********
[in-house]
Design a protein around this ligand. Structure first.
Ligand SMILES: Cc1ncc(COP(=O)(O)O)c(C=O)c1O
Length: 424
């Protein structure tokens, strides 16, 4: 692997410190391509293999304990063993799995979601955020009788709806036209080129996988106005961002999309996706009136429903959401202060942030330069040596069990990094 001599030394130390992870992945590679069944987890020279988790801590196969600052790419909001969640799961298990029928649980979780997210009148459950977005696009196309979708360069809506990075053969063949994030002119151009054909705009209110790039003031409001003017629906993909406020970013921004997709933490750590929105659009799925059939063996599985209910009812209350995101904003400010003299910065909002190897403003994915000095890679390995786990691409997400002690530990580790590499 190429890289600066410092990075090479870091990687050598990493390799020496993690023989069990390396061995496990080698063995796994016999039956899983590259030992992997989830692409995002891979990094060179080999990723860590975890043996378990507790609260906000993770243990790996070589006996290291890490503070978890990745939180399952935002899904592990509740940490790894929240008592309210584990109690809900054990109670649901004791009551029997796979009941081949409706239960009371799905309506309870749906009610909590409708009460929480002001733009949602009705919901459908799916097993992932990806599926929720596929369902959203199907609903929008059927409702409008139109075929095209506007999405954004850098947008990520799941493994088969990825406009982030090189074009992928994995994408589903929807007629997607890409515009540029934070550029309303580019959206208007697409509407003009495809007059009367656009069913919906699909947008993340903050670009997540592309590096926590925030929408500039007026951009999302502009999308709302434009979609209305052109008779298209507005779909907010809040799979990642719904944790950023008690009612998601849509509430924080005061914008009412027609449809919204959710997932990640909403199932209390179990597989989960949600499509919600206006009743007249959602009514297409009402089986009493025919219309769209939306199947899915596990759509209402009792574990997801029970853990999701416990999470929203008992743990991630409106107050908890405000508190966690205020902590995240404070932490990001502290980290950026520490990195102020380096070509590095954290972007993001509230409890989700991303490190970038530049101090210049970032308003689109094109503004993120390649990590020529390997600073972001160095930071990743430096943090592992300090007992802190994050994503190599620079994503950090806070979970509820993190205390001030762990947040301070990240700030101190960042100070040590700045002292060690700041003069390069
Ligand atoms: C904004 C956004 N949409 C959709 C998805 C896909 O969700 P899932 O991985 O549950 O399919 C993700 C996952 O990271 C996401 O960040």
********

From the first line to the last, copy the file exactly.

[in-house]
Design a protein around this ligand. Structure first.
Ligand SMILES: Cc1ncc(COP(=O)(O)O)c(C=O)c1O
Length: 424
């Protein structure tokens, strides 16, 4: 692997410190391509293999304990063993799995979601955020009788709806036209080129996988106005961002999309996706009136429903959401202060942030330069040596069990990094 001599030394130390992870992945590679069944987890020279988790801590196969600052790419909001969640799961298990029928649980979780997210009148459950977005696009196309979708360069809506990075053969063949994030002119151009054909705009209110790039003031409001003017629906993909406020970013921004997709933490750590929105659009799925059939063996599985209910009812209350995101904003400010003299910065909002190897403003994915000095890679390995786990691409997400002690530990580790590499 190429890289600066410092990075090479870091990687050598990493390799020496993690023989069990390396061995496990080698063995796994016999039956899983590259030992992997989830692409995002891979990094060179080999990723860590975890043996378990507790609260906000993770243990790996070589006996290291890490503070978890990745939180399952935002899904592990509740940490790894929240008592309210584990109690809900054990109670649901004791009551029997796979009941081949409706239960009371799905309506309870749906009610909590409708009460929480002001733009949602009705919901459908799916097993992932990806599926929720596929369902959203199907609903929008059927409702409008139109075929095209506007999405954004850098947008990520799941493994088969990825406009982030090189074009992928994995994408589903929807007629997607890409515009540029934070550029309303580019959206208007697409509407003009495809007059009367656009069913919906699909947008993340903050670009997540592309590096926590925030929408500039007026951009999302502009999308709302434009979609209305052109008779298209507005779909907010809040799979990642719904944790950023008690009612998601849509509430924080005061914008009412027609449809919204959710997932990640909403199932209390179990597989989960949600499509919600206006009743007249959602009514297409009402089986009493025919219309769209939306199947899915596990759509209402009792574990997801029970853990999701416990999470929203008992743990991630409106107050908890405000508190966690205020902590995240404070932490990001502290980290950026520490990195102020380096070509590095954290972007993001509230409890989700991303490190970038530049101090210049970032308003689109094109503004993120390649990590020529390997600073972001160095930071990743430096943090592992300090007992802190994050994503190599620079994503950090806070979970509820993190205390001030762990947040301070990240700030101190960042100070040590700045002292060690700041003069390069
Ligand atoms: C904004 C956004 N949409 C959709 C998805 C896909 O969700 P899932 O991985 O549950 O399919 C993700 C996952 O990271 C996401 O960040």